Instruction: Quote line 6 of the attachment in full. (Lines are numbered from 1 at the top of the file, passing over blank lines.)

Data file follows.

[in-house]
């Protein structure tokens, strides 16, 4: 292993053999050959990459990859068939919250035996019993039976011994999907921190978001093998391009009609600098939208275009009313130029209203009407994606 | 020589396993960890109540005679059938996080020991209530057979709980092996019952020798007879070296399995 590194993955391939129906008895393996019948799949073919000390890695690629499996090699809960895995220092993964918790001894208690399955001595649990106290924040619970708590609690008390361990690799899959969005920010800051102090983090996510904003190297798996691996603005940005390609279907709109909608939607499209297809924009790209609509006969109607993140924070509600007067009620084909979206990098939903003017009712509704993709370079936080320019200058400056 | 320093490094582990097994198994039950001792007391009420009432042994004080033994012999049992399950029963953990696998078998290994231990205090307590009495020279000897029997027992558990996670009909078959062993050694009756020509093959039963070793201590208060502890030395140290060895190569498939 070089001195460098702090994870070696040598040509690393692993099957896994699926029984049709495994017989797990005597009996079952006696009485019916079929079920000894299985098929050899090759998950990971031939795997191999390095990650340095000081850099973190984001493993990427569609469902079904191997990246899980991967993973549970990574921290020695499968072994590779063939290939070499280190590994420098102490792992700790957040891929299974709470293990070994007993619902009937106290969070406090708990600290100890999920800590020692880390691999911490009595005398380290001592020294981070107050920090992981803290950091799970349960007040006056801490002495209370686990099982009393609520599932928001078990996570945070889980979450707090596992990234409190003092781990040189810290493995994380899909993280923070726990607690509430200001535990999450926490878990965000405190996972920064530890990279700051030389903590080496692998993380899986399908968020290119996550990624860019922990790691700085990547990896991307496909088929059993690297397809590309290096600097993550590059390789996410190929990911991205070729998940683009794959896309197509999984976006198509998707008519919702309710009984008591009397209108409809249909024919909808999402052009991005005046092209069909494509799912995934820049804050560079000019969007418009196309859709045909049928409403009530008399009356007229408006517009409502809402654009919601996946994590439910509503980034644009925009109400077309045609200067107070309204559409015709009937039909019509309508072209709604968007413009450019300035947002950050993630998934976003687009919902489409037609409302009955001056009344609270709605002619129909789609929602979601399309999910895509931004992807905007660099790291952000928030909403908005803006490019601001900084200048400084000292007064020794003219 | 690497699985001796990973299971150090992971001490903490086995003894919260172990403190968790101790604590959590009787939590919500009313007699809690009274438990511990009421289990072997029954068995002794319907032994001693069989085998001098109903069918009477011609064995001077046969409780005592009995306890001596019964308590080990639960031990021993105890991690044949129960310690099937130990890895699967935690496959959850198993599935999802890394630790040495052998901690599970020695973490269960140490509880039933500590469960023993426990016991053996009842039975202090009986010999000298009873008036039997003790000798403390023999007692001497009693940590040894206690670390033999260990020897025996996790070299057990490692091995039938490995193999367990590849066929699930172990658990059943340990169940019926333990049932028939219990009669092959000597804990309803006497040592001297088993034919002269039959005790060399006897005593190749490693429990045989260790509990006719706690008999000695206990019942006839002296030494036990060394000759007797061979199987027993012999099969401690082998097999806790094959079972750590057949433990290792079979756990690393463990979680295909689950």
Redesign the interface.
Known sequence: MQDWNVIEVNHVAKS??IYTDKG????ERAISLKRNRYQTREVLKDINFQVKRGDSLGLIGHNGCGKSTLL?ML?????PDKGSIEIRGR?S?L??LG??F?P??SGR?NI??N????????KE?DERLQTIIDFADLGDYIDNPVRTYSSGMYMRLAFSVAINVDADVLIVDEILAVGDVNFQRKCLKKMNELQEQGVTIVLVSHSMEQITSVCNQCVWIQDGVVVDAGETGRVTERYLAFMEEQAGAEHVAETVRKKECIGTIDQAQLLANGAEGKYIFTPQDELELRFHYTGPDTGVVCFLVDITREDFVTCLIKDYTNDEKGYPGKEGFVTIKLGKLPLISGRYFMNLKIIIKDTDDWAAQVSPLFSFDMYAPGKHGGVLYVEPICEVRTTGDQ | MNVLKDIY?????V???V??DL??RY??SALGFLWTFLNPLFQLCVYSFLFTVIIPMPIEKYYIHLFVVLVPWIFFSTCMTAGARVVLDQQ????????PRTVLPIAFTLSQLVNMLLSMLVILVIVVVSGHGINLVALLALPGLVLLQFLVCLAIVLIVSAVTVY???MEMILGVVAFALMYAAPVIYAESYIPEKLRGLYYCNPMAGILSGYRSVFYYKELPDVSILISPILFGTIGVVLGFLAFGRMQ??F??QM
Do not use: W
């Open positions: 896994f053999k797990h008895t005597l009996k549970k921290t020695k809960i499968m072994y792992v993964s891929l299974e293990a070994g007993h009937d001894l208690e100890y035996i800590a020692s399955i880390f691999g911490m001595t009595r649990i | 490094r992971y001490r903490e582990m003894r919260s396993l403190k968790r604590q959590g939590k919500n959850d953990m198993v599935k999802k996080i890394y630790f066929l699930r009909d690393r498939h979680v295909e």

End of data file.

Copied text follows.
């Open positions: 896994f053999k797990h008895t005597l009996k549970k921290t020695k809960i499968m072994y792992v993964s891929l299974e293990a070994g007993h009937d001894l208690e100890y035996i800590a020692s399955i880390f691999g911490m001595t009595r649990i | 490094r992971y001490r903490e582990m003894r919260s396993l403190k968790r604590q959590g939590k919500n959850d953990m198993v599935k999802k996080i890394y630790f066929l699930r009909d690393r498939h979680v295909e």